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3 easy ways for beginners to order beer in German

How to order a beer in German

When you want to order a beer in German, saying ein Bier, bitte is simply announcing that you are an absolute beginner.

 

Instead of saying that, use these 3 ways:

Start with ‘ich möchte…’ to order a beer in German

Ich möchte, which means I’d like, is the easiest way to say I want a beer in German.

Here are a few sentences to show you how it’s used:

    • Ich möchte eine Flasche Guinness, bitte. (I’d like a bottle of Guinness, please)
    • Ich möchte sechzehn Flaschen Märzen, bitte. (I’d like 16 bottles of Märzen, please)
I want a beer - in German

Not hard, right?

And it gets even easier when you learn German for beginners.

You see, the sentence structure is very simple – to say I would like a beer in German, you begin with the word ich möchte, then the number, and finally the type of beer.

Ich möchte ——- (number of beers) ——- (type of beer) ——- , bitte.

‘Ich hätte gerne’ can also be used to order a beer in German

How to order beer in German

In the previous example, you have learned what to say when the waiter comes to you.

But what do you say when you walk up to the counter instead?

In that case you say ‘Ich hätte gerne’, which means I’d like...

Think of stopping by a McDonald’s and saying, I’d like a cheese burger and an ice-cold coke, then you’ll see the difference between ordering from the counter and talking to a waiter who has come to you.

    • Ich hätte gerne ein Guinness, bitte. (I’d like a Guinness, please)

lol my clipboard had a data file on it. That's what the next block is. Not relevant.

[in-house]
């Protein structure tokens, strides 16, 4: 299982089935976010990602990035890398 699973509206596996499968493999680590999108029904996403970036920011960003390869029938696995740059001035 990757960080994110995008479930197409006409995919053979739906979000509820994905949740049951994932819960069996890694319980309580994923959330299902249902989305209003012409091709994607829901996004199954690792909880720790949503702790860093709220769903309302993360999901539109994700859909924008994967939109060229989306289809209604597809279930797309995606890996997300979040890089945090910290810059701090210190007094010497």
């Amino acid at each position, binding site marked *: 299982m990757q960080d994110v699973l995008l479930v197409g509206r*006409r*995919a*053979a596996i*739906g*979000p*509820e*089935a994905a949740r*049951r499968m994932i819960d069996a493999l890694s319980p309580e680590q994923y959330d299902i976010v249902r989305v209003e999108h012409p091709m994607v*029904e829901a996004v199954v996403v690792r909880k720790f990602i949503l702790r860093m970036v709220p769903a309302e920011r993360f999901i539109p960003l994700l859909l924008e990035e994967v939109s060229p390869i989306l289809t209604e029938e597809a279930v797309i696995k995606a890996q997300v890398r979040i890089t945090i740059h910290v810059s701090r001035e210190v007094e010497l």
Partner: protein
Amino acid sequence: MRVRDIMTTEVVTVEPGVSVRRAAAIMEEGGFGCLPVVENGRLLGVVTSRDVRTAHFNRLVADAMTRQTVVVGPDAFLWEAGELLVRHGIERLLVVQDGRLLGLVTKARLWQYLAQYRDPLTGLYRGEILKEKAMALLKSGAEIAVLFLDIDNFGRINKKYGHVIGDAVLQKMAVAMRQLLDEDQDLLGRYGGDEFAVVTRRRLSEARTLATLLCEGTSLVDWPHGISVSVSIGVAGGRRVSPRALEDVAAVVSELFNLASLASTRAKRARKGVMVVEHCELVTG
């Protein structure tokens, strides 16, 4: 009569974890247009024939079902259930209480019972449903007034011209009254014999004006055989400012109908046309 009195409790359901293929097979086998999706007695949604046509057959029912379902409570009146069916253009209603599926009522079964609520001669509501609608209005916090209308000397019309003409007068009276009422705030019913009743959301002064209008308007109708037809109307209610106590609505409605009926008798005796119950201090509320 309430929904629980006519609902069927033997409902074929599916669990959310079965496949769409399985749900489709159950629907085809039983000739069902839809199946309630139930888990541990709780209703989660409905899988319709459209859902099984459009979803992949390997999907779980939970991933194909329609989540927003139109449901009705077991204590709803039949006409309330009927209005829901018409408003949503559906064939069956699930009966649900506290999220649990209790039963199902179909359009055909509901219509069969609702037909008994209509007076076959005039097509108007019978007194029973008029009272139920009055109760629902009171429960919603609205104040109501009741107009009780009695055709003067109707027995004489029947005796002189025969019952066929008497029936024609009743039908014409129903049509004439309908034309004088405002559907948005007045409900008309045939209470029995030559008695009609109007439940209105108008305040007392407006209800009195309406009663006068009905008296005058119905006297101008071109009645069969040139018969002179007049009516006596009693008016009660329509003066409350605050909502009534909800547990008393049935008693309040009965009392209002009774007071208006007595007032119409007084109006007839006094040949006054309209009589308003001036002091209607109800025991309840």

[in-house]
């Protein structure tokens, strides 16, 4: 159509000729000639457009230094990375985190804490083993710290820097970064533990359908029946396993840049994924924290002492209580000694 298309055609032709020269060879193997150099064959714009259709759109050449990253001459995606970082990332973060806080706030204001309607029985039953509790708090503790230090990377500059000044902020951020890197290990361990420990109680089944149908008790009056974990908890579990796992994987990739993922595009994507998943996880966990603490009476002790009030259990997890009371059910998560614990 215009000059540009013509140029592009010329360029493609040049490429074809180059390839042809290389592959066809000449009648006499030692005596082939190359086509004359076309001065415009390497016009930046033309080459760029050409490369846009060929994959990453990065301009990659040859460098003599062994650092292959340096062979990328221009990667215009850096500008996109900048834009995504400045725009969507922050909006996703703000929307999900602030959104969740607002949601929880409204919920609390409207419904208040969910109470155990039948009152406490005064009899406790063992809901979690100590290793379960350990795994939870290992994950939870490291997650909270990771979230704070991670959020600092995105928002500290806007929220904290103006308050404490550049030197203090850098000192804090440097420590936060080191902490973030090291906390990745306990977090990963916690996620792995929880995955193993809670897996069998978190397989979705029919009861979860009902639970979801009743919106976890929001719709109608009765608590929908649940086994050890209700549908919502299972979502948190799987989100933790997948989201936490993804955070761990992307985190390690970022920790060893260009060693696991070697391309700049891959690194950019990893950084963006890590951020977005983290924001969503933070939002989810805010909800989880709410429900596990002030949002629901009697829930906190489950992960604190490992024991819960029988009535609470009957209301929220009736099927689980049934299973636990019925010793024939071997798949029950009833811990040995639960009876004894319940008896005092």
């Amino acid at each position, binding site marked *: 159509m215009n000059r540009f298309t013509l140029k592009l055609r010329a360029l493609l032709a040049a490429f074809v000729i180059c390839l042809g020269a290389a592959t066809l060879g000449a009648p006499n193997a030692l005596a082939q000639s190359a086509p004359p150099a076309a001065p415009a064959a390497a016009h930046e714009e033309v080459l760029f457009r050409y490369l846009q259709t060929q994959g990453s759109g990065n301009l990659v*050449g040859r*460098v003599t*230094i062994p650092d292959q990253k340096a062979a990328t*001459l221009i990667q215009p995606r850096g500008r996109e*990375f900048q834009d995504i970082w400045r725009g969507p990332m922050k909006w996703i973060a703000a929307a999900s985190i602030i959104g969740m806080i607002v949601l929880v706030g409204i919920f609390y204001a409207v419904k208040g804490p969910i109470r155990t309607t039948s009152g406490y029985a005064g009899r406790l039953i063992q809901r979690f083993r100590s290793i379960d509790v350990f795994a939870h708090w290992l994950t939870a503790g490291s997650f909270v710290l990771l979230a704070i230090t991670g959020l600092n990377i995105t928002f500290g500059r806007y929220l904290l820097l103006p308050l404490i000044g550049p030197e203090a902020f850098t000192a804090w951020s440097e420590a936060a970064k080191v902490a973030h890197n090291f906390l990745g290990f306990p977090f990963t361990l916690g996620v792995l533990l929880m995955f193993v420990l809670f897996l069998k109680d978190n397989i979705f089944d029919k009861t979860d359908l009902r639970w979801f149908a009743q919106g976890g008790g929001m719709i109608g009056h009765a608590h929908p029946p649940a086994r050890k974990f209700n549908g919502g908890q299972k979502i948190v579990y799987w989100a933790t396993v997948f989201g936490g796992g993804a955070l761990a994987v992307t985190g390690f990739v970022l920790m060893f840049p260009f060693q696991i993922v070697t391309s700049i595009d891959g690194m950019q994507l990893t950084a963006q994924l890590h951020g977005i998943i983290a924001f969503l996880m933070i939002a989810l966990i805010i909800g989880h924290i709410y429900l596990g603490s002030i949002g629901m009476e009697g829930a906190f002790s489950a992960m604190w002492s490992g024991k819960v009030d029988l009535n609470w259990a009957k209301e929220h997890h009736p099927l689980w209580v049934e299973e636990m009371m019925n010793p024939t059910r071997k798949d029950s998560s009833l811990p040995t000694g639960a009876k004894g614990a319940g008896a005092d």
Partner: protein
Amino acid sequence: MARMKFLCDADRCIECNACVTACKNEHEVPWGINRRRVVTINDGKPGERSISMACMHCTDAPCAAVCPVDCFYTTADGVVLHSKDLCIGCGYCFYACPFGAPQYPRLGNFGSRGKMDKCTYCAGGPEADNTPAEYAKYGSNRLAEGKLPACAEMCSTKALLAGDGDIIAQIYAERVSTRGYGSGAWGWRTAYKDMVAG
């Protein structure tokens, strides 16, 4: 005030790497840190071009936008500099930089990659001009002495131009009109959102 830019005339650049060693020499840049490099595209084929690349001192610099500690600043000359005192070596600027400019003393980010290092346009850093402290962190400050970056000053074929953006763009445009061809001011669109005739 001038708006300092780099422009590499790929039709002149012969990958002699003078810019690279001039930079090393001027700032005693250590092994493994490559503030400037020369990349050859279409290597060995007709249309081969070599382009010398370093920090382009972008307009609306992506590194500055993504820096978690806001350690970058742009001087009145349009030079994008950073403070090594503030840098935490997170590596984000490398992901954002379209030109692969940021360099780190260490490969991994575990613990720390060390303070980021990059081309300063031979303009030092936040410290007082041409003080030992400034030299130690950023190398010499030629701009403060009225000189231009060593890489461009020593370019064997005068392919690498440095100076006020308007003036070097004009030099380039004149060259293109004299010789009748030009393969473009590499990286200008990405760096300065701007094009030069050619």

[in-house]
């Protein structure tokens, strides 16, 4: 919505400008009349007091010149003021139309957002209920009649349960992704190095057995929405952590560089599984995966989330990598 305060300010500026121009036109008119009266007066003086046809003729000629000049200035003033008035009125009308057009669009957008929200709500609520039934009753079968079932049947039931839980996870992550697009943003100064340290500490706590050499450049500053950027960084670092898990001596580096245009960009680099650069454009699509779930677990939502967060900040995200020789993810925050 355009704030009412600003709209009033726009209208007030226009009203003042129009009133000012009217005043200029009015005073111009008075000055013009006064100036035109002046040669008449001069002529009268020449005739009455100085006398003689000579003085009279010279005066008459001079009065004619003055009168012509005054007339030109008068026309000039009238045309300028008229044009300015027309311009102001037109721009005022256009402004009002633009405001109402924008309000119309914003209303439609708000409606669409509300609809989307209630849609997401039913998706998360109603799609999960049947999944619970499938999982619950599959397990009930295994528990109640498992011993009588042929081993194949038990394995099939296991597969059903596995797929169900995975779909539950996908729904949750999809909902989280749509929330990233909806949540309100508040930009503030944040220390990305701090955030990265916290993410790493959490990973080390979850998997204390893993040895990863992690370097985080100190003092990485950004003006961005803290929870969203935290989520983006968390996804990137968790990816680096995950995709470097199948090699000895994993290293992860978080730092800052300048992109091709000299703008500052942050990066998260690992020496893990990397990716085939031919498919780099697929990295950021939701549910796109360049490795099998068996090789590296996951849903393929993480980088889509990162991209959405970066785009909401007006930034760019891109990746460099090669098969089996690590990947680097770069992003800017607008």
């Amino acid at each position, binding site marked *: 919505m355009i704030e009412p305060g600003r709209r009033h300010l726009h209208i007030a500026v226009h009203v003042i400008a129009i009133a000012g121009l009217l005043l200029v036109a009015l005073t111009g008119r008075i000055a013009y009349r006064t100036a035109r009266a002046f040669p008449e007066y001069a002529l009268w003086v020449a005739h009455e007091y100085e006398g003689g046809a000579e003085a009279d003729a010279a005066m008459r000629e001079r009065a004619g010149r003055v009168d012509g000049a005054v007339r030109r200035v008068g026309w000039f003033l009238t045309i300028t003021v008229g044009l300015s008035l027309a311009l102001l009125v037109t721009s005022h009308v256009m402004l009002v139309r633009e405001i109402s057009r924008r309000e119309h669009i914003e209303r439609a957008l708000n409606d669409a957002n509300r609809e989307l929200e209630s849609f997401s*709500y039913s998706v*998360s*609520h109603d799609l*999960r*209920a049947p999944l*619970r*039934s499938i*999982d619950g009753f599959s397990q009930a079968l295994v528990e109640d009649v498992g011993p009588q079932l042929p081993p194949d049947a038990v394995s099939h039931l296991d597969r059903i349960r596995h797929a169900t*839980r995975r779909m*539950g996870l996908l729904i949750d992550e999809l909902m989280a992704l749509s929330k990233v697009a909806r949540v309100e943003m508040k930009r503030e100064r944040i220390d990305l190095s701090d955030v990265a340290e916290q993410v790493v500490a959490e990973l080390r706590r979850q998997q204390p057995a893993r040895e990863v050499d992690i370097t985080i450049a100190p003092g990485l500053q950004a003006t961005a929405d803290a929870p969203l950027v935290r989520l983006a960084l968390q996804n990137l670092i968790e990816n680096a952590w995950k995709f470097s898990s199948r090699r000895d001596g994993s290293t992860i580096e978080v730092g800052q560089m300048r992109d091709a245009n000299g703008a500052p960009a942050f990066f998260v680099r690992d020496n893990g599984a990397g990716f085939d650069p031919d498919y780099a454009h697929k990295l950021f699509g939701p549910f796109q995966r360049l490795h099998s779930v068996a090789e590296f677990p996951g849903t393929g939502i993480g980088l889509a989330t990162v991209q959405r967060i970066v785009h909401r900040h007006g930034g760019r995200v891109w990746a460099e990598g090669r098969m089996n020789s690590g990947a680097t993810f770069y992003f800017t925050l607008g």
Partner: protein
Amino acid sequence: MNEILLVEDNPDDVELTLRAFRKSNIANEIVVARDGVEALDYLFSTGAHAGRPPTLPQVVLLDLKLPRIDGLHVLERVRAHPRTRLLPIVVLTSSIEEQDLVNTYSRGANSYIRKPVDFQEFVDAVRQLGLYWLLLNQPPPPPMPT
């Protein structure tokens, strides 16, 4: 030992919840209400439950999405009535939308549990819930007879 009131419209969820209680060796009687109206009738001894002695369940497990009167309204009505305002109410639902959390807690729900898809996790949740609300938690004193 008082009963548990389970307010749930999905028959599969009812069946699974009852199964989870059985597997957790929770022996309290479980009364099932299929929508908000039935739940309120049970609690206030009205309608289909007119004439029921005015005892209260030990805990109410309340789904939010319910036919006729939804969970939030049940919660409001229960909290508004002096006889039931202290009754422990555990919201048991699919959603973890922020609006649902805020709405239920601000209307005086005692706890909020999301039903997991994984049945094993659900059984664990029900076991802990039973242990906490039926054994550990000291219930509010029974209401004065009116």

• Ich hätte gerne sechzehn Flaschen Märzen, bitte. (I’d like 16 bottles of Märzen, please)

And don’t worry about the umlauts. They are really easy to pronounce.

Für mich, ein…

how to order beer in Germany

This phrase can be used to order beer in German when the other person you are with has ordered and now it’s your turn.

It is pretty straight forward, and it means…you guessed it – for me a….

Let’s look at the examples:

    • Ich hätte gerne ein Weissbier, bitte. (I’d like a Weissbier, please)
    • Für mich, ein Weissbier leicht, bitte. (For me, a Weissbier light, please)

Now let’s say you are three people at a table and the waitress is taking your orders:

Ordering beer in Germany

Waitress: Was hätten Sie gerne zu trinken? (what would you {all} like to drink?)

Person A: Ich hätte gerne ein Kölsch. (I would like to drink a Kölsch)

Person B: Für mich bitte ein Märzen. (For me, a Märzen, please)

Waitress: Und was möchten Sie trinken? (And what will you drink?)

You: Für mich auch ein Märzen. (For me, a Märzen too)

Remember:

You should only use für mich when your friends have already ordered.

One more way to say I would like a beer in German

Now that you’ve known the most common ways of ordering beer in German, let me show you another way we like to use:

In this other way, the word to use is darf ich

It means ‘may I’

  • Darf ich bitte ein Bier haben? (May I have a beer, please?)

But remember, you have to specify which beer you want…

  • Darf ich bitte ein Märzen haben? (May I have a Märzen, please?)

And closely related to ‘darf ich’ is ‘kann ich’

  • Kann ich bitte ein Märzen haben? (Can I have a Märzen, please?)

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